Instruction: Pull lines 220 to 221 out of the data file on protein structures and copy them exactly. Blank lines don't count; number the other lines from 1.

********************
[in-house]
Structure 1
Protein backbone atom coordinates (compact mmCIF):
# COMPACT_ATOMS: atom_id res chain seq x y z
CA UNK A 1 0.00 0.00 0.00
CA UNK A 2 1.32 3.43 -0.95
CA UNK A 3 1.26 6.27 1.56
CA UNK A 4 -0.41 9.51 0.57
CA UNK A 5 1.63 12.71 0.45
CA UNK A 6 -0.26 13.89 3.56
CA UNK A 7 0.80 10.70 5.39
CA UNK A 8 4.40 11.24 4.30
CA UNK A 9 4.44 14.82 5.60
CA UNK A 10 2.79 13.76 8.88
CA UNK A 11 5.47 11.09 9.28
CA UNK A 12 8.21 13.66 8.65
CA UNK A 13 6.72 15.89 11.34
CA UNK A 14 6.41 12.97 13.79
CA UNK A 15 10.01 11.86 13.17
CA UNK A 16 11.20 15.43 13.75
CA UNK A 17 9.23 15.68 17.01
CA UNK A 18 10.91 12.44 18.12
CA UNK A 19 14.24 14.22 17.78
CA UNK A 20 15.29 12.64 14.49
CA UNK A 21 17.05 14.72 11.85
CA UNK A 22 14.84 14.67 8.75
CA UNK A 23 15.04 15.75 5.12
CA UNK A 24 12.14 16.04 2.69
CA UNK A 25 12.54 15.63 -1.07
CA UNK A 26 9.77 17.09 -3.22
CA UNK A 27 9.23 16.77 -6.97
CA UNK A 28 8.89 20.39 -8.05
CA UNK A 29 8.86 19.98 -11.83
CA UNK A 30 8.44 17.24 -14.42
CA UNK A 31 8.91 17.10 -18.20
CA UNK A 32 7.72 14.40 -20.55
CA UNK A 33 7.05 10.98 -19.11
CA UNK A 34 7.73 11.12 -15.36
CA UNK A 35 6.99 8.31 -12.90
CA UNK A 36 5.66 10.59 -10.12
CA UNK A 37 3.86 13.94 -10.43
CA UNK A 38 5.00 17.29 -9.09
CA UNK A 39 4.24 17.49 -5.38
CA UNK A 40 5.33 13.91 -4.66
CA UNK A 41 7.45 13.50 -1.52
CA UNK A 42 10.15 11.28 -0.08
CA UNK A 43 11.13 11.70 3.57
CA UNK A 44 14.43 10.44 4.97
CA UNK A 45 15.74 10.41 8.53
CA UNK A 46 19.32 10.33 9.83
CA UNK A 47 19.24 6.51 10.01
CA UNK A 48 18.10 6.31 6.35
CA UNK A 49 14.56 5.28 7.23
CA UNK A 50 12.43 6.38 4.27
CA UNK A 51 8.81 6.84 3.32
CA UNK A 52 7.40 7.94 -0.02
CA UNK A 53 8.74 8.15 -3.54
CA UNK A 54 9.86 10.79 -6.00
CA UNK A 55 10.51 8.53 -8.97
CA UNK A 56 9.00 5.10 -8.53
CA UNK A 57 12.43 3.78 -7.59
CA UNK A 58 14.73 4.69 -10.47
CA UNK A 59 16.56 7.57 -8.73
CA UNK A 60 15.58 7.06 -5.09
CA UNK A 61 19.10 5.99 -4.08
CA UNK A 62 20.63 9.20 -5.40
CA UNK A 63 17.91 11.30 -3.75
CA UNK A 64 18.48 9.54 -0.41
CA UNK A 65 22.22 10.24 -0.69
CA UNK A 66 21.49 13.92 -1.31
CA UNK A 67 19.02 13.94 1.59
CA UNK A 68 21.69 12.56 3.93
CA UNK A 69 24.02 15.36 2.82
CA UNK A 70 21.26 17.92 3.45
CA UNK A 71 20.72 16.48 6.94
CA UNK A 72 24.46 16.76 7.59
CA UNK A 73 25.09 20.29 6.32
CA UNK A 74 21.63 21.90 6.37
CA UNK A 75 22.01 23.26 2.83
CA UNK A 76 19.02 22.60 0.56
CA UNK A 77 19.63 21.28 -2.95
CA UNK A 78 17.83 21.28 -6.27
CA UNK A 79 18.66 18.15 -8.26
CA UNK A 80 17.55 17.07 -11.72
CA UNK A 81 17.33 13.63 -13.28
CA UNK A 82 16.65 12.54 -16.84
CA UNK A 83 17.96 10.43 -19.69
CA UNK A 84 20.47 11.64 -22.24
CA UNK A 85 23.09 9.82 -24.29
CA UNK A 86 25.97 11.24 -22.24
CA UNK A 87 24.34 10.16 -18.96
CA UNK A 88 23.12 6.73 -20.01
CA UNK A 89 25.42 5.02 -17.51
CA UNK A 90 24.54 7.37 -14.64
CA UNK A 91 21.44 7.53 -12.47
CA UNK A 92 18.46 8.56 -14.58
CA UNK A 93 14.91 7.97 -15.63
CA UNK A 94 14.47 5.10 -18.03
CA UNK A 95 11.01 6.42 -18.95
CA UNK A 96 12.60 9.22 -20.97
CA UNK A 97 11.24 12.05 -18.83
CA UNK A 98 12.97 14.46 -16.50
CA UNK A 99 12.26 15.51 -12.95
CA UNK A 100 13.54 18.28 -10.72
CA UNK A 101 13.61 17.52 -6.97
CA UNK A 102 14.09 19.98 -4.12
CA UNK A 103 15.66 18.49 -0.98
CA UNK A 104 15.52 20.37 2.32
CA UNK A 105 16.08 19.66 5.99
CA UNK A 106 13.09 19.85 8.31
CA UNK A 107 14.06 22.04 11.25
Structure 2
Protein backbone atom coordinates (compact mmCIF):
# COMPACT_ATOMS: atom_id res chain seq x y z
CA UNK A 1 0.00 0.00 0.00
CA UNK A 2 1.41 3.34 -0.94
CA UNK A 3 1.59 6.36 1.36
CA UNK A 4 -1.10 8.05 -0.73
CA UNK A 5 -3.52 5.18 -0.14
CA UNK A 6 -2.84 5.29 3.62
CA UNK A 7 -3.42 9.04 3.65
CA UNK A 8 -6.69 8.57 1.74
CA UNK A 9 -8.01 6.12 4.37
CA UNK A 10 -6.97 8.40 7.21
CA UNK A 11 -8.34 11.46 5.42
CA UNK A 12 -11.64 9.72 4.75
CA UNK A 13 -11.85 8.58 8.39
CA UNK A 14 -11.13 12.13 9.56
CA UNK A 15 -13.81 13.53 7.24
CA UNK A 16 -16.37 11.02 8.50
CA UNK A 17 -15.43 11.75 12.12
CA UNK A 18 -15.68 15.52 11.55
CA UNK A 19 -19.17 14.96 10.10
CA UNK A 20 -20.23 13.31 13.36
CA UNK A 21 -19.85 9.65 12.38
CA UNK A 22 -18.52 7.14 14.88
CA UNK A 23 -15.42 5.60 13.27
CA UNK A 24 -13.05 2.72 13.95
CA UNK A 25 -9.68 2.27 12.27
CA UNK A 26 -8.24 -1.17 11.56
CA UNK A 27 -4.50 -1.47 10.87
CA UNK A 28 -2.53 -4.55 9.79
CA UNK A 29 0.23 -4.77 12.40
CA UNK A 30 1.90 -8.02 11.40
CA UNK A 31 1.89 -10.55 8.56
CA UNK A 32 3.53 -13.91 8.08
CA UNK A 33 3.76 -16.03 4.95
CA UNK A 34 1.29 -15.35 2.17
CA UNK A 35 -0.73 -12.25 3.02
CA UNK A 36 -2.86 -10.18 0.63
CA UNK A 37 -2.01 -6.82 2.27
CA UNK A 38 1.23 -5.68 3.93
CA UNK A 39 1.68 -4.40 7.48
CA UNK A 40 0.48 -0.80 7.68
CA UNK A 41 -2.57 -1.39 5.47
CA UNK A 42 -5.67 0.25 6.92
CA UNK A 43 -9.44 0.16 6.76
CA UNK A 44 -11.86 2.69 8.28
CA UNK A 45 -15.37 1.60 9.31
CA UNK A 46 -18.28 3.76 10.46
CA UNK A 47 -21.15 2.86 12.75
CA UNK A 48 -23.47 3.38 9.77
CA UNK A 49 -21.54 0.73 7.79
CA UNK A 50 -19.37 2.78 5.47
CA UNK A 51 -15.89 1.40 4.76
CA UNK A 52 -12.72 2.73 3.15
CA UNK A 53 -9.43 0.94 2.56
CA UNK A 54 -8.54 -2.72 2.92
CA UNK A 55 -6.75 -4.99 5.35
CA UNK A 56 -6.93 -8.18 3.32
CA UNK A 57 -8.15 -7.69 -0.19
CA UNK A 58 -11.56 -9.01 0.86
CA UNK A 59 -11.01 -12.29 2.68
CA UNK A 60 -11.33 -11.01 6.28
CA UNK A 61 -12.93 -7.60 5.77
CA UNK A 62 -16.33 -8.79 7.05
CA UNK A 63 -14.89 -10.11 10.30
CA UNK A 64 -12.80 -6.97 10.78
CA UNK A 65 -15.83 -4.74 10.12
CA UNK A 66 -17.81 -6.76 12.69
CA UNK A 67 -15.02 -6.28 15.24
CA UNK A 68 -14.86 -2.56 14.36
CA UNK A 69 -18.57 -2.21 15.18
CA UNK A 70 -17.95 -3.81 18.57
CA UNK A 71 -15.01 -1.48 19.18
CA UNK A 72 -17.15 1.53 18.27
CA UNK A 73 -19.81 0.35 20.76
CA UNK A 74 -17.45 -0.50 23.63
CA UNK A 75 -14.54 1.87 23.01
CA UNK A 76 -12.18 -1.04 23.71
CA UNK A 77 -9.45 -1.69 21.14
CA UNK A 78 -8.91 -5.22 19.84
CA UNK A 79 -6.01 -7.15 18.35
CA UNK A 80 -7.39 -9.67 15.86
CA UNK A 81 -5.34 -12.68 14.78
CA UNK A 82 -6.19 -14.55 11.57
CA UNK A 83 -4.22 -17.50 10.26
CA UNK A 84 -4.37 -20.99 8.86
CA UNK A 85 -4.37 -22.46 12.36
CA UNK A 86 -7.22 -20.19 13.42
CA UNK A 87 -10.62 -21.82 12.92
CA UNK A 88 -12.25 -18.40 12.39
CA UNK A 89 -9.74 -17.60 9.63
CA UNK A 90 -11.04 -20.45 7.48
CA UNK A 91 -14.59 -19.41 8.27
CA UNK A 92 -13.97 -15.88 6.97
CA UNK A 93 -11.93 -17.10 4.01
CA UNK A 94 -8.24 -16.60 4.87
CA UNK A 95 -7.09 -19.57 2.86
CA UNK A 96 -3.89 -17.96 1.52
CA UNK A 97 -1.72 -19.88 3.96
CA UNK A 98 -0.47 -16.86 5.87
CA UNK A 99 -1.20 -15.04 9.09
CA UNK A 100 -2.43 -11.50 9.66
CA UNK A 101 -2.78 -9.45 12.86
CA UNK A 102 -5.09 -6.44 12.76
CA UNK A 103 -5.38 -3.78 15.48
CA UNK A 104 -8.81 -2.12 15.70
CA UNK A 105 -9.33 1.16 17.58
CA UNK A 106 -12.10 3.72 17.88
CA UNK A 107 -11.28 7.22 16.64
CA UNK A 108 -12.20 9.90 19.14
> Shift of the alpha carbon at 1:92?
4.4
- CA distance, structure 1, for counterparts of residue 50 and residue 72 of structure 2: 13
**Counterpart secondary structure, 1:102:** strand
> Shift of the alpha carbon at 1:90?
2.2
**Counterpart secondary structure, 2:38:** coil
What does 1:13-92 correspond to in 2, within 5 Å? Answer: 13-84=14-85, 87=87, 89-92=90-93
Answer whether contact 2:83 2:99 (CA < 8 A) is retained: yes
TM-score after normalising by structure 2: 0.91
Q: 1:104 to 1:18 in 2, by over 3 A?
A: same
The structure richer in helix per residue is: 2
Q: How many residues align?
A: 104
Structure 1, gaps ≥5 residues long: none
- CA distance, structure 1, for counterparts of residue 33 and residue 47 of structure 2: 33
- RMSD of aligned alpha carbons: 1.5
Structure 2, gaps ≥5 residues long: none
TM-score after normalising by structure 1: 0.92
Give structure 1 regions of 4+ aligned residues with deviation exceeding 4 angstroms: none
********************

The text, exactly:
CA UNK A 106 -12.10 3.72 17.88
CA UNK A 107 -11.28 7.22 16.64